Visiting the brenna in January
One of the most established traditions of the Icelandic holiday season is the New Year’s brenna, a bonfire with music where the locals gather together to celebrate the start of a new year.
The fires are lit at 8:30PM on New Year’s Eve in between when people have their dinners and when they gather in front of the television to watch the news round-up and annual news lampoon program, the áramótaskaup.
However, if you missed the bonfires at New Year’s Eve, then you get a second chance to watch the flames rise on the last day of Christmas, January 6th, when the last of the Yule Lads, Kertasníkir, has gone back up onto the mountain. It is anyone’s guess what he’s been doing hanging around in town since the 24th of December. Eating people’s candles if the legend is to be believed. Or people’s children, if you go for the older (considerably more hardcore) folkloric belief.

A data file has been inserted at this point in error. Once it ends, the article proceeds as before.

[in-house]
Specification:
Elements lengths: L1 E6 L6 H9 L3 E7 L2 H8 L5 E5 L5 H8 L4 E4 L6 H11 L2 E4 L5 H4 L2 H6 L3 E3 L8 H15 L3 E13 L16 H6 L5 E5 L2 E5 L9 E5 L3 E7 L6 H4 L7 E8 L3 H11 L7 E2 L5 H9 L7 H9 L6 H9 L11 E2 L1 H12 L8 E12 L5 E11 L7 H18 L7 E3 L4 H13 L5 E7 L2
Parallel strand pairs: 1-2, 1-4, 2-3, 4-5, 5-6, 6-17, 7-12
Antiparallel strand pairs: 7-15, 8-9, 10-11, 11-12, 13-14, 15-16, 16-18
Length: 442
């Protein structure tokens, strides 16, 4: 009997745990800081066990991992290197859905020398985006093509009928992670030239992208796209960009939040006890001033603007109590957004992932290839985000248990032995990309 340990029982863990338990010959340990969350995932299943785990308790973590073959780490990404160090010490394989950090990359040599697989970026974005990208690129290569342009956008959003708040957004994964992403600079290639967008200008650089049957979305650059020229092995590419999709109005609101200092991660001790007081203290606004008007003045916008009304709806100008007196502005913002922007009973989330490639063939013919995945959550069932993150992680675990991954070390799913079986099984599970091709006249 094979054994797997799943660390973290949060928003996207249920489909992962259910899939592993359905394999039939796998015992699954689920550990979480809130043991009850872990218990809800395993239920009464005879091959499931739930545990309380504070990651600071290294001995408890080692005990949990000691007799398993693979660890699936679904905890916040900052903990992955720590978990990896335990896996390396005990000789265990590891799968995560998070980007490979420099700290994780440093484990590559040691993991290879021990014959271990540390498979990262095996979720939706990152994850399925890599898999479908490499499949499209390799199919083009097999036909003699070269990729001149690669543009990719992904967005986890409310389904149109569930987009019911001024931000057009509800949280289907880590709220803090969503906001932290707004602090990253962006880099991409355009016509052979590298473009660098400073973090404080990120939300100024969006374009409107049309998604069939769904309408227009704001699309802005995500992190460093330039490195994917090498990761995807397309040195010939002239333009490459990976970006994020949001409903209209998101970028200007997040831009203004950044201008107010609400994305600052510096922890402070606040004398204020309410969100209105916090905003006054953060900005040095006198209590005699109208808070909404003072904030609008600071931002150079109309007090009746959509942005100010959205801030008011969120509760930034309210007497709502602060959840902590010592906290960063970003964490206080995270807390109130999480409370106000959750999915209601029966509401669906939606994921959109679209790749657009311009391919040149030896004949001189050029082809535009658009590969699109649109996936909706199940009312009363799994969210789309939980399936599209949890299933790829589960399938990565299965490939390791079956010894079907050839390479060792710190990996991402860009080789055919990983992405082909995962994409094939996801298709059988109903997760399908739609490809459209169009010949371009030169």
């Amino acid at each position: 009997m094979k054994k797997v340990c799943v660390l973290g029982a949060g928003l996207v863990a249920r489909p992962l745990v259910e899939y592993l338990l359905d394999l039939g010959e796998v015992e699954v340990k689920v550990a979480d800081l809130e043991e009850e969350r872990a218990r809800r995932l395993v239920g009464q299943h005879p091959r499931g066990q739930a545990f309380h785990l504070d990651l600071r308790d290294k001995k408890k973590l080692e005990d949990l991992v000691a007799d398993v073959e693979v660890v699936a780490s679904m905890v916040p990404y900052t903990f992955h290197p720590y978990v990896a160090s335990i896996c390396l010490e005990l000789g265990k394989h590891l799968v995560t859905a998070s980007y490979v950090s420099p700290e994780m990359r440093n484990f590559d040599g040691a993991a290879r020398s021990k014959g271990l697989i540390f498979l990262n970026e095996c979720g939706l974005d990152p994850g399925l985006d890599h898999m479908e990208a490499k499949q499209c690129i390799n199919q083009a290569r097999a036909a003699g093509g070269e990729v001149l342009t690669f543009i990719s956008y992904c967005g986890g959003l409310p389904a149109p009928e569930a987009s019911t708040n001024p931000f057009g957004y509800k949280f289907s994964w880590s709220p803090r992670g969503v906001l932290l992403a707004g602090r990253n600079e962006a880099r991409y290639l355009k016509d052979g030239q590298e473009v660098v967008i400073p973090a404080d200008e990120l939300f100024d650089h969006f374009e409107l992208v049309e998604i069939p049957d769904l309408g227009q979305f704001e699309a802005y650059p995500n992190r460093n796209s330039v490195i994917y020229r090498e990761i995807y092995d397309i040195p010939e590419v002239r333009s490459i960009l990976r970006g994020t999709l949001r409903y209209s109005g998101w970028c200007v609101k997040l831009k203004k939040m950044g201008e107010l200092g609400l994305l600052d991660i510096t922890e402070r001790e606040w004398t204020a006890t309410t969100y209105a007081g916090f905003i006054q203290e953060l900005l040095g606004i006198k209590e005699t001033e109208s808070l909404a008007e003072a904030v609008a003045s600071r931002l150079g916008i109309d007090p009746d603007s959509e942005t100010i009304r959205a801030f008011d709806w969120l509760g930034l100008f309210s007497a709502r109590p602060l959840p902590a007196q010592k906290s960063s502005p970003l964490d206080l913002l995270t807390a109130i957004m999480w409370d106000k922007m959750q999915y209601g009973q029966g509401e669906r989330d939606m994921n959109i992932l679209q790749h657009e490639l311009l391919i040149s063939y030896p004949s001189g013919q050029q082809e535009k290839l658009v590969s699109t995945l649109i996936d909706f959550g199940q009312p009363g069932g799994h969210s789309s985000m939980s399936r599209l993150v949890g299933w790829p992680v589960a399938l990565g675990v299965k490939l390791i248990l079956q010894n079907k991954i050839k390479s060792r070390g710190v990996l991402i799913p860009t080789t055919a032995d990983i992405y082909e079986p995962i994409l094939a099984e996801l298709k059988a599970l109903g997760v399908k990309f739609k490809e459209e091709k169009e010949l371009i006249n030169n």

Usually the fires are accompanied by a fireworks display and while people don’t put quite the same effort into the explosives as they do on New Year’s Eve, it is still quite a lot of fun.
The bonfires can be found all around Reykjavík and the surrounding areas with large and small fires depending on your particular pyro needs. The one by Ægissíða, in the west of Reykjavík, is particularly nice with singing and other activities starting at 15:45 at the Melaskóli elementary school.
For large bonfires:
- Ægissíða, west Reykjavík
- Geirsnef, Elliðaárdalur
- Fylkir bonfire at Rauðavatn lake
For the smaller fires:
- Skerjafjörður opposite Skildinganes 48-52
- Suðurhlíðar below the Fossvogur churchyard
- Suðurfell, Breiðholt